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. (December 2009)
of Denmark in medieval times showing herreder
. The entire country was divided into herreder, shown outlined in red. Coloured areas show Jutland's syssel divisions. Zealand's four ecclesiastic sysler are not included.
The three lands of Denmark historically formed the Danish kingdom from its unification and consolidation in the 10th century:
Each of the lands retained their own thing (ting) and statute laws until late medieval time (Jutlandic Law, Zealandic Law and Scanian Law). Although Denmark was a unified kingdom, the custom of rendering homage to the King at the three individual assemblies remained. A remnant is the current division of Denmark into two High Court districts, the Eastern and Western High Court.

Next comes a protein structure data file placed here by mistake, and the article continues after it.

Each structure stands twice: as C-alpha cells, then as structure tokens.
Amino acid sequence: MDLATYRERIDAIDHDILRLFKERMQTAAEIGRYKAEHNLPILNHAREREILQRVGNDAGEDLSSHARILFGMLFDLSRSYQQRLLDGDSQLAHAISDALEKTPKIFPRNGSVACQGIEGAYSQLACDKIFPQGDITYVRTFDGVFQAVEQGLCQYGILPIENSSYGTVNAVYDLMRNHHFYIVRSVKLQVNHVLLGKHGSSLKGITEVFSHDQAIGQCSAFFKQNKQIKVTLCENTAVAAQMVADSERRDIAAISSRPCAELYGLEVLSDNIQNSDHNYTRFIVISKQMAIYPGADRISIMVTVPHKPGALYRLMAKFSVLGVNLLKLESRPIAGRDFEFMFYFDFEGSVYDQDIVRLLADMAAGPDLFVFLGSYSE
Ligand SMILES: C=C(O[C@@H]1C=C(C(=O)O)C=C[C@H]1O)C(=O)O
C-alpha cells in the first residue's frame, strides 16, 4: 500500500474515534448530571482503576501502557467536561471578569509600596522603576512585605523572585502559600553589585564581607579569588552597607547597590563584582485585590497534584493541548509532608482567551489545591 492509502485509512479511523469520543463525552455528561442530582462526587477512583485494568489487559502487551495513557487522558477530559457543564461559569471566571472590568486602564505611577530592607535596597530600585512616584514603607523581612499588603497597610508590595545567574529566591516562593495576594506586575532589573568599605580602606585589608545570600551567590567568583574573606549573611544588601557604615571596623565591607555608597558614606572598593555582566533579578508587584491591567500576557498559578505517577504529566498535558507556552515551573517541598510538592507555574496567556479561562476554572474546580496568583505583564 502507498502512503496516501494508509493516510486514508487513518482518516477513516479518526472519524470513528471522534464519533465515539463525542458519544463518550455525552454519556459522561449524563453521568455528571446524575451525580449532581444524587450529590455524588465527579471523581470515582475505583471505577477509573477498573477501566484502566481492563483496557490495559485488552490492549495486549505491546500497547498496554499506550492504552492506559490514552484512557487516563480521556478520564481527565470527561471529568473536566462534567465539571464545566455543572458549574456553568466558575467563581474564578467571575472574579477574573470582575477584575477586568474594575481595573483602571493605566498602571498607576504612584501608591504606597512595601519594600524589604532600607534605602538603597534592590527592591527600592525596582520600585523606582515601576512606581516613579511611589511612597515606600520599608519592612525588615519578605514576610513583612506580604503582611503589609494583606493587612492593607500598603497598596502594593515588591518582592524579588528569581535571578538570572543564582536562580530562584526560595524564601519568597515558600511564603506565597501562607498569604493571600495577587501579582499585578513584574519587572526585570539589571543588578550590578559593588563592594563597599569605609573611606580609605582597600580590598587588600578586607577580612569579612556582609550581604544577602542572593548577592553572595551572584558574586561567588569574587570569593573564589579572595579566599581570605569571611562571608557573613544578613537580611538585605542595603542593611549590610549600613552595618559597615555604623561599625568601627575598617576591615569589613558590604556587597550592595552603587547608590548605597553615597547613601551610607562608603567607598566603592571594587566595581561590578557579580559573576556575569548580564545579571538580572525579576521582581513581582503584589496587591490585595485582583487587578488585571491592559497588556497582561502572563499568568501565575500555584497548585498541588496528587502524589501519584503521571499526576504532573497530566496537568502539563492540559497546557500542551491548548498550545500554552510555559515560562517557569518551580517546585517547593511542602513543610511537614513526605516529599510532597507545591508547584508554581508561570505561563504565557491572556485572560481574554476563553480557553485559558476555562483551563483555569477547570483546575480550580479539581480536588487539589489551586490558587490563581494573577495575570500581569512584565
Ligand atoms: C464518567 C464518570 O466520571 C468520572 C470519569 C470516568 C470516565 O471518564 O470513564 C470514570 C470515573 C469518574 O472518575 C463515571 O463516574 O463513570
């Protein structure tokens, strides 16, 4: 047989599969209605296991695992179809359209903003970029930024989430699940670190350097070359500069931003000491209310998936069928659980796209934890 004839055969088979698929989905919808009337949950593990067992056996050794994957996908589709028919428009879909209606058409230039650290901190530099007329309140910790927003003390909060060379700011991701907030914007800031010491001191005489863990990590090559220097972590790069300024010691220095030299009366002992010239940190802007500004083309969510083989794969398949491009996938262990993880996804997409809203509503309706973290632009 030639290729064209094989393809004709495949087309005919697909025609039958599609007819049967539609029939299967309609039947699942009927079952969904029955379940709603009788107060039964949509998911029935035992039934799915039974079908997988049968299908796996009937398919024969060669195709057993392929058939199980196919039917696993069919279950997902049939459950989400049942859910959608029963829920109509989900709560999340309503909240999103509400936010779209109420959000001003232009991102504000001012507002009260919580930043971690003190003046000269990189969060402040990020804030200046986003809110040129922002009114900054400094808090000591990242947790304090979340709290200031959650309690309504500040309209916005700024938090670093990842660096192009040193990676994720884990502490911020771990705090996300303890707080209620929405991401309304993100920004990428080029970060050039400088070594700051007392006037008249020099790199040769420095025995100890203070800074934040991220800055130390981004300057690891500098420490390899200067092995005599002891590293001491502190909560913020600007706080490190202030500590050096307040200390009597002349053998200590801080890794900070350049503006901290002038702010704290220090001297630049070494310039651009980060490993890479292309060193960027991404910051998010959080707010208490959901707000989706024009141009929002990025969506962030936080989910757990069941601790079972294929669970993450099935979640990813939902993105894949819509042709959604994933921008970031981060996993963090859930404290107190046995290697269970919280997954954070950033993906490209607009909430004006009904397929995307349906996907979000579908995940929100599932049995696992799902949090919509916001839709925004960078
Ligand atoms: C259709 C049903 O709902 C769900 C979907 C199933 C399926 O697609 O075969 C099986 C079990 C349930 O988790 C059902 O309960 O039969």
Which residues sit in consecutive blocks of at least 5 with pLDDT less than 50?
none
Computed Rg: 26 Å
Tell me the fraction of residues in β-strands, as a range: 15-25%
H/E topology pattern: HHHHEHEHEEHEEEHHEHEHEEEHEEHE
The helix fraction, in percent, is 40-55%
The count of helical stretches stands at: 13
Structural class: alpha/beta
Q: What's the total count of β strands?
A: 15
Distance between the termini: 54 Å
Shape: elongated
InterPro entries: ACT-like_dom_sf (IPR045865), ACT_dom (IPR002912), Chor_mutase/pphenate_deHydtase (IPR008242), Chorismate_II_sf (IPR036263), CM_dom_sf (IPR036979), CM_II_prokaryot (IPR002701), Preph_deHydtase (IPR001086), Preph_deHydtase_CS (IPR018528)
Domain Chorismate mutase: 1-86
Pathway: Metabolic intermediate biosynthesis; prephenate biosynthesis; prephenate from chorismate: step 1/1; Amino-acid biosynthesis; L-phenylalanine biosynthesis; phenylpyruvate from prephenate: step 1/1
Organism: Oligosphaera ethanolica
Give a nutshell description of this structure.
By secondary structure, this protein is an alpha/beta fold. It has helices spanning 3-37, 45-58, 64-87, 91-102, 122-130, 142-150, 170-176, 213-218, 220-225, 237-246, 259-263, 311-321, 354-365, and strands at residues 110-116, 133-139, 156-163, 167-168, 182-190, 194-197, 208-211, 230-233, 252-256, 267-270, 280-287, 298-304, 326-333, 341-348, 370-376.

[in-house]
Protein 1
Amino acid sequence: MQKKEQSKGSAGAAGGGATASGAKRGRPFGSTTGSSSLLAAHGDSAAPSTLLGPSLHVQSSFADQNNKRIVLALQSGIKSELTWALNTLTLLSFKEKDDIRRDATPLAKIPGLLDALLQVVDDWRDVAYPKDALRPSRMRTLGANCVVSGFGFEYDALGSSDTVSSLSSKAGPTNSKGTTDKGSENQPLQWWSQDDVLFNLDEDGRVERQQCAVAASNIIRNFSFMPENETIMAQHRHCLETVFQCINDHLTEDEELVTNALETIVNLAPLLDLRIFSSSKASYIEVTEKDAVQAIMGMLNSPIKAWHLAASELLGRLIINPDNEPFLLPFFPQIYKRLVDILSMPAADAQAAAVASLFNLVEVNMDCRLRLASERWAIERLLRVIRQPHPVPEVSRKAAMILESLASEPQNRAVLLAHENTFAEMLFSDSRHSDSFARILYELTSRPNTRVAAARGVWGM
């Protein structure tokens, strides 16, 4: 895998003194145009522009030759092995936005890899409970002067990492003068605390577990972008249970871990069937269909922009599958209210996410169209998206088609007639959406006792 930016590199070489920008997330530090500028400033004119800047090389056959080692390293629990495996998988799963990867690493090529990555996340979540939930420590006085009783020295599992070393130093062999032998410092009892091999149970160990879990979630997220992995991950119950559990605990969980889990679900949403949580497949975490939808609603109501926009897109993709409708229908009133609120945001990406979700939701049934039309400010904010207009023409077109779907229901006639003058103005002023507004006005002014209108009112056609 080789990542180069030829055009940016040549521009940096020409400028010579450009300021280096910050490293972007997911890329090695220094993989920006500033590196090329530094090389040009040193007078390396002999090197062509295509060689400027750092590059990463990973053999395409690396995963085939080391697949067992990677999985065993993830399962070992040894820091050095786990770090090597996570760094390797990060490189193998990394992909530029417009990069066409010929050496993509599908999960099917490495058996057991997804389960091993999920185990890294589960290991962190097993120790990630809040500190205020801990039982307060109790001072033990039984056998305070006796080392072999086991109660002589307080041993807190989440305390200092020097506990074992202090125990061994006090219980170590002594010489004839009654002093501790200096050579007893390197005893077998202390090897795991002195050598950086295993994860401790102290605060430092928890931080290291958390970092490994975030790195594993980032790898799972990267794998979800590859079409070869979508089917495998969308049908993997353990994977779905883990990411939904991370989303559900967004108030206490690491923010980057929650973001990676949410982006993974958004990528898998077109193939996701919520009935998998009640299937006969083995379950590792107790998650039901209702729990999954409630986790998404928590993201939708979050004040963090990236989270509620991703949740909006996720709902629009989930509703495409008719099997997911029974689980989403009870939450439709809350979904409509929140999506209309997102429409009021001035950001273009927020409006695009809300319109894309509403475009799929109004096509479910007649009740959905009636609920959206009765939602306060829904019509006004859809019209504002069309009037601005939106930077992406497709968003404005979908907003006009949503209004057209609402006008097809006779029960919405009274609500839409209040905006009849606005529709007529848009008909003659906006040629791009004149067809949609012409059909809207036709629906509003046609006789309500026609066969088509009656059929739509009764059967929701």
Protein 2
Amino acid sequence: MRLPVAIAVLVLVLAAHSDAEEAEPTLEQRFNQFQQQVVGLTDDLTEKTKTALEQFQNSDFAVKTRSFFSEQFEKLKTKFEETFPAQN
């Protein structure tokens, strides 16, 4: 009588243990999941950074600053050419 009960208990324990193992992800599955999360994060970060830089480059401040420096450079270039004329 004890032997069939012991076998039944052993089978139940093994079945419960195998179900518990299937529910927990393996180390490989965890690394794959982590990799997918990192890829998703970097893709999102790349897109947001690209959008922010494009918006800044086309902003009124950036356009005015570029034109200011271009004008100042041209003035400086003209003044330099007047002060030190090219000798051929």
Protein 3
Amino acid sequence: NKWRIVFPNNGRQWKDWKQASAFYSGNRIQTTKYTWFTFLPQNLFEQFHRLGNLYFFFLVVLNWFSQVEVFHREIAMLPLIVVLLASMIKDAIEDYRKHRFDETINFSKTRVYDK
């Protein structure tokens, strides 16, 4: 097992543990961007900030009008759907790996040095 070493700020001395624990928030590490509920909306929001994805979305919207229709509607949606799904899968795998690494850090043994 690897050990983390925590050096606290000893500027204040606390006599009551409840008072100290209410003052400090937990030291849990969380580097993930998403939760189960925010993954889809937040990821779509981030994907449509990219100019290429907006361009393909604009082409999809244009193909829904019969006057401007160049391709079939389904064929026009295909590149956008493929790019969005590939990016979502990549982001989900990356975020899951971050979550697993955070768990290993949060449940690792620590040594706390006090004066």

During the early 19th century, Zealand and Fyn became administratively united as Østifterne with a provincial assembly in Roskilde. Jutland, The Islands and Bornholm remains an informal subdivision still used, notably in meteorology and public statistics. Bornholm is the only part to represent Scania after the rest of the region was lost to Sweden in 1658. (Bornholm was also lost in 1658, but was recovered two years later.)
In recent decades, the less specific division between Eastern and Western Denmark has also become common, for example when describing logistic, economic and political patterns. Funen may be attributed to both the eastern and western part of the country, the border line being either the Great Belt or the Little Belt.